What are some things that readers have given you as criticism on your book?

Criticism?  Umm.  Well, a few readers commented on the title and that is why I changed it.  Also, I received criticism from one reader about the psychosis part of my book being “hard to follow”.  That might be true, but it is an exact conceptualization of what it is actually like to be psychotic, as schizophrenia and schizoaffective disorder are thought disorders.  I will NOT edit or change this part or any part of my book.  I will accept the criticism and move forward.  I feel that editing the book would change the entire tone and meaning behind the book.

What was your most rewarding experience as a mental health professional?

When I worked as a case manager I made a difference in my client’s lives.  I loved helping people and grew to a greater understanding of what it is truly life to suffer from mental illness.  It was just a very rewarding job.  I loved it!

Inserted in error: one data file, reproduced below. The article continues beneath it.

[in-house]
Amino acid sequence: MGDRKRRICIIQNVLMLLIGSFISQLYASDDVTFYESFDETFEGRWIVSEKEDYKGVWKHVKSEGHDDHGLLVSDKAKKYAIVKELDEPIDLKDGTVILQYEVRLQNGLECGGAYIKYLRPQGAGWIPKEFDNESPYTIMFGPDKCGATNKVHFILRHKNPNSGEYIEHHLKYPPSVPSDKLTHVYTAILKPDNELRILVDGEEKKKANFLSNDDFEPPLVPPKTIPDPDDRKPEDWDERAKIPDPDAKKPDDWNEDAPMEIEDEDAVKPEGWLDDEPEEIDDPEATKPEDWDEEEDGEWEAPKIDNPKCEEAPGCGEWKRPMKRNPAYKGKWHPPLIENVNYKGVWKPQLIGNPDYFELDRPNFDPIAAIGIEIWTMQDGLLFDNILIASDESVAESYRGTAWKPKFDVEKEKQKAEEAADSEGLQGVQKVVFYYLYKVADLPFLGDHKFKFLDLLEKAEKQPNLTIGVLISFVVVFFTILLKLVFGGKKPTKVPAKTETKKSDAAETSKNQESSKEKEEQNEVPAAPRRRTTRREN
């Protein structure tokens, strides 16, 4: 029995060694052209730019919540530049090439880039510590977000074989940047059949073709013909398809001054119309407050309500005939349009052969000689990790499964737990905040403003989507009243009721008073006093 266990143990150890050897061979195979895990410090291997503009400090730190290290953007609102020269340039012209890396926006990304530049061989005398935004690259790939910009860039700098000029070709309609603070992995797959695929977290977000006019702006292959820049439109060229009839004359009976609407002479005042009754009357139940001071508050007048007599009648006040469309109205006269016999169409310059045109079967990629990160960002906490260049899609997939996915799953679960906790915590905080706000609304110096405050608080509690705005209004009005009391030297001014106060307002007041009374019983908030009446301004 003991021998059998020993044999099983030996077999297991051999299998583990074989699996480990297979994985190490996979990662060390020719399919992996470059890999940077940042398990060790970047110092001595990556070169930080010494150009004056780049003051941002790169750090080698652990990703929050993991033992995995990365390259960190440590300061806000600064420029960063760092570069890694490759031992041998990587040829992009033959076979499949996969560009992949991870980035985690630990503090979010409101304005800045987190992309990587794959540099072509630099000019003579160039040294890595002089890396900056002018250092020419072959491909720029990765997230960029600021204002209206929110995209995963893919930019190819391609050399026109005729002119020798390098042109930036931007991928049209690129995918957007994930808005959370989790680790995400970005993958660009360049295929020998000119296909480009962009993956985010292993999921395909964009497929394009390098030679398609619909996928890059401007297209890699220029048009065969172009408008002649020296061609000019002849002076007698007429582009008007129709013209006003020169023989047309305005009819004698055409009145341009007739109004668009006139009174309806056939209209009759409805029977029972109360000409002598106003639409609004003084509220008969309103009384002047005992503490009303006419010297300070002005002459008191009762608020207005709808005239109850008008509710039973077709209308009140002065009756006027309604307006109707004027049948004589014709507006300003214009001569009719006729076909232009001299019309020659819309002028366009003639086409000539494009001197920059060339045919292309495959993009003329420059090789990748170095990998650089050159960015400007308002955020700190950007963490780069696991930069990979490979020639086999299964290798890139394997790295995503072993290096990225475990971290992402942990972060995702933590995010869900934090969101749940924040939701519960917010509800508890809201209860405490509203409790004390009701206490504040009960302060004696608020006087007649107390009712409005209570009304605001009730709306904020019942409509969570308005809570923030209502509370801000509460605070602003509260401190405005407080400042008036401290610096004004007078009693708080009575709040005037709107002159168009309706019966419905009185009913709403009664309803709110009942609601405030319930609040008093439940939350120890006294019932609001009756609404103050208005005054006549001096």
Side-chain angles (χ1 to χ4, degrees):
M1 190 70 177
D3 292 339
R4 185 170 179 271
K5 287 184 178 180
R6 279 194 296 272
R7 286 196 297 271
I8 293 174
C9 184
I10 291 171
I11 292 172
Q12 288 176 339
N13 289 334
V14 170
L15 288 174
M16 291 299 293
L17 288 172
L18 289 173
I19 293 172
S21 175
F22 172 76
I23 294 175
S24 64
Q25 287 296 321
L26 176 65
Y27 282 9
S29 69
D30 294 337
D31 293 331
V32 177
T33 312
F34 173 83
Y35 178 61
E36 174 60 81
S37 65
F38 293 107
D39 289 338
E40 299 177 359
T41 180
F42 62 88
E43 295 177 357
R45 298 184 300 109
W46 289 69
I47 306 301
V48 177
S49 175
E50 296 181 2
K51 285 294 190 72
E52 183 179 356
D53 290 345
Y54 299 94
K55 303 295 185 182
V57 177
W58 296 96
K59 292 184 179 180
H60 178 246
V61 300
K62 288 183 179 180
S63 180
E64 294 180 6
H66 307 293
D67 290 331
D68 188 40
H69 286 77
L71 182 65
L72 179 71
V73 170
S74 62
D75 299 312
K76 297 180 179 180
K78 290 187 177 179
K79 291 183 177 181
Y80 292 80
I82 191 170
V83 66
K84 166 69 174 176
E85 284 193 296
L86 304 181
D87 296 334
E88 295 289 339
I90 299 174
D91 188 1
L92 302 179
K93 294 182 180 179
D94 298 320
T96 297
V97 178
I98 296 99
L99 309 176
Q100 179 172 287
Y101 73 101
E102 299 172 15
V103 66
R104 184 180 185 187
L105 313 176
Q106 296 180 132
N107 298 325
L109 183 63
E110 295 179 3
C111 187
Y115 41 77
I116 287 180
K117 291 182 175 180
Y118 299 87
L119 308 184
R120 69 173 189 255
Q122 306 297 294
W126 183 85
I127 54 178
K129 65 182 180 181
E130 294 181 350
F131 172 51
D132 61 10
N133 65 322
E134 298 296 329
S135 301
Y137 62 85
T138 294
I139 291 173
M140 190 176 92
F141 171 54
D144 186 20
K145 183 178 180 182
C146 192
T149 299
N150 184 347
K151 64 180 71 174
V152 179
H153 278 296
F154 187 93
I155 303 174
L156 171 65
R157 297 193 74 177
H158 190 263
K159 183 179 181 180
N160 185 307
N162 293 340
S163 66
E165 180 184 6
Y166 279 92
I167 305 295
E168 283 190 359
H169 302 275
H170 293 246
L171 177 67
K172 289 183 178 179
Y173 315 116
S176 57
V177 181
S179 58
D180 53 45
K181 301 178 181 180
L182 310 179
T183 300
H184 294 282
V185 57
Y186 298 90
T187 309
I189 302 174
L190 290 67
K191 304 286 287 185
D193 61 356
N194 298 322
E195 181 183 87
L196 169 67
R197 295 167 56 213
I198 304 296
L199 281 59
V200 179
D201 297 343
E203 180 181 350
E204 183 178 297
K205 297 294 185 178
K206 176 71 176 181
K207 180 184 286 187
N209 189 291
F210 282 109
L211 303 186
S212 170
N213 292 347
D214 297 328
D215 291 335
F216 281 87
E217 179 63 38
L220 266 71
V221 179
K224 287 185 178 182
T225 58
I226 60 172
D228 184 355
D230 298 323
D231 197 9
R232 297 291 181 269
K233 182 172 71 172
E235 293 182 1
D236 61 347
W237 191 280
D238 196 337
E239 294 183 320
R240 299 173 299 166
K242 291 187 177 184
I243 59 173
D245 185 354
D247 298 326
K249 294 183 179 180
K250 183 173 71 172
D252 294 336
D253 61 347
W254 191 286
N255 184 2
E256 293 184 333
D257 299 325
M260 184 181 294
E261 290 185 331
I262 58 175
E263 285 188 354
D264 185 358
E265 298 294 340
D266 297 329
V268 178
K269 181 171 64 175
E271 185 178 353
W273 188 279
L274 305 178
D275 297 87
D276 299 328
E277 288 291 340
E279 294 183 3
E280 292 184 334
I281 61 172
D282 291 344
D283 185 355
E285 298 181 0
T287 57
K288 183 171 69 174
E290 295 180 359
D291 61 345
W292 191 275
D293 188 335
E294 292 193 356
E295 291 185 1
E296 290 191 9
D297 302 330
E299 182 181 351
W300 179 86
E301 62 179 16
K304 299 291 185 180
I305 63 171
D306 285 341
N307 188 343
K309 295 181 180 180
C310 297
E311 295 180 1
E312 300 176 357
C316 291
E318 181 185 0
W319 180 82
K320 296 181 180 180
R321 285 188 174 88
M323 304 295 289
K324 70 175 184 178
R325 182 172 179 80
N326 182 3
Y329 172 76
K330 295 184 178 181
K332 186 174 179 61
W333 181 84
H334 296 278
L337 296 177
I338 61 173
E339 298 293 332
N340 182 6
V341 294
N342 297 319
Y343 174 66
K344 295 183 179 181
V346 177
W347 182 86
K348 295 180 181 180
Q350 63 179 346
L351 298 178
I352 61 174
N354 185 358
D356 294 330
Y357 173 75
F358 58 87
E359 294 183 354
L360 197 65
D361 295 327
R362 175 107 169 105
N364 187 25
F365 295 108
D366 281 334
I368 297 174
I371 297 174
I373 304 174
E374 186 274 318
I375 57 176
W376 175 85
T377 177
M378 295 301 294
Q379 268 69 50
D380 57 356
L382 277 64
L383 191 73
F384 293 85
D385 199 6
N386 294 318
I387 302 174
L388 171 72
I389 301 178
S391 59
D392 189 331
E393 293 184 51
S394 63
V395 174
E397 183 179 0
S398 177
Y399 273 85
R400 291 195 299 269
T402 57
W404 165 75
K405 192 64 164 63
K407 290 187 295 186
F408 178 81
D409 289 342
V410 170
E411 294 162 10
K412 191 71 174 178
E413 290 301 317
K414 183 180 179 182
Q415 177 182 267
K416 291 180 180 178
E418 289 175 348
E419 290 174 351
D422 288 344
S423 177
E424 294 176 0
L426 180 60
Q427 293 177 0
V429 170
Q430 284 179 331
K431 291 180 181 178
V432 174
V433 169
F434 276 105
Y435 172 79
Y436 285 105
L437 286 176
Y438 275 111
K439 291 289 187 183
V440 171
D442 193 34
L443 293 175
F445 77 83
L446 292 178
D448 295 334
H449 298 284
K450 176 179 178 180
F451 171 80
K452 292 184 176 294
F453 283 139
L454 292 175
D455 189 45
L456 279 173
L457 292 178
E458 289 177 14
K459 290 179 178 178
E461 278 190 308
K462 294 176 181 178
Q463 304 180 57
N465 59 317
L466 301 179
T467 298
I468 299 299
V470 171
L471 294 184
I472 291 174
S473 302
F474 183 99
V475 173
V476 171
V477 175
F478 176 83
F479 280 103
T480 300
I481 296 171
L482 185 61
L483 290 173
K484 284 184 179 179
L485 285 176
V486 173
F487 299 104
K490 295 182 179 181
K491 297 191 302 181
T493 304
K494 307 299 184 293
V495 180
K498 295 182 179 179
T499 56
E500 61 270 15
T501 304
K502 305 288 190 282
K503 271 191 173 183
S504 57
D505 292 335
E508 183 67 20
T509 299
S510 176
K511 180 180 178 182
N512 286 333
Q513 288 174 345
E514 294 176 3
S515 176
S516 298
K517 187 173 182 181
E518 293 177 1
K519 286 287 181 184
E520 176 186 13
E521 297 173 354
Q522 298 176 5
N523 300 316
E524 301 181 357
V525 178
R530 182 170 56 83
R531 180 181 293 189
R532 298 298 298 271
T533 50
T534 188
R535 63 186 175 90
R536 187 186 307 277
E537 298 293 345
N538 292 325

What was the lowest, most devastating time of your life?

Well, I am not going to answer that, as my story will tell all.  But I’ve had so many low times…  Just read my memoir and you can judge for yourself what my worst time in life was.

What was the best point in your life?

The best part of my life was when I was working as  a case manager and was in a long-term relationship.  I was 24 and I felt like I had it all.

Tell us what you believe t0 be the purpose behind your life?

My purpose in life is to help, encourage, motivate, and inspire as many people as possible!

Do you believe that everyone in life has a purpose?

Yes, everyone has purpose.  I believe that God has a reason for putting each and every person on this Earth.  You just have to accept God’s will.

How important was faith in your recovery?

Faith in myself and God was a major part in my recovery.

What types of treatment did you receive as a result of having mental illness?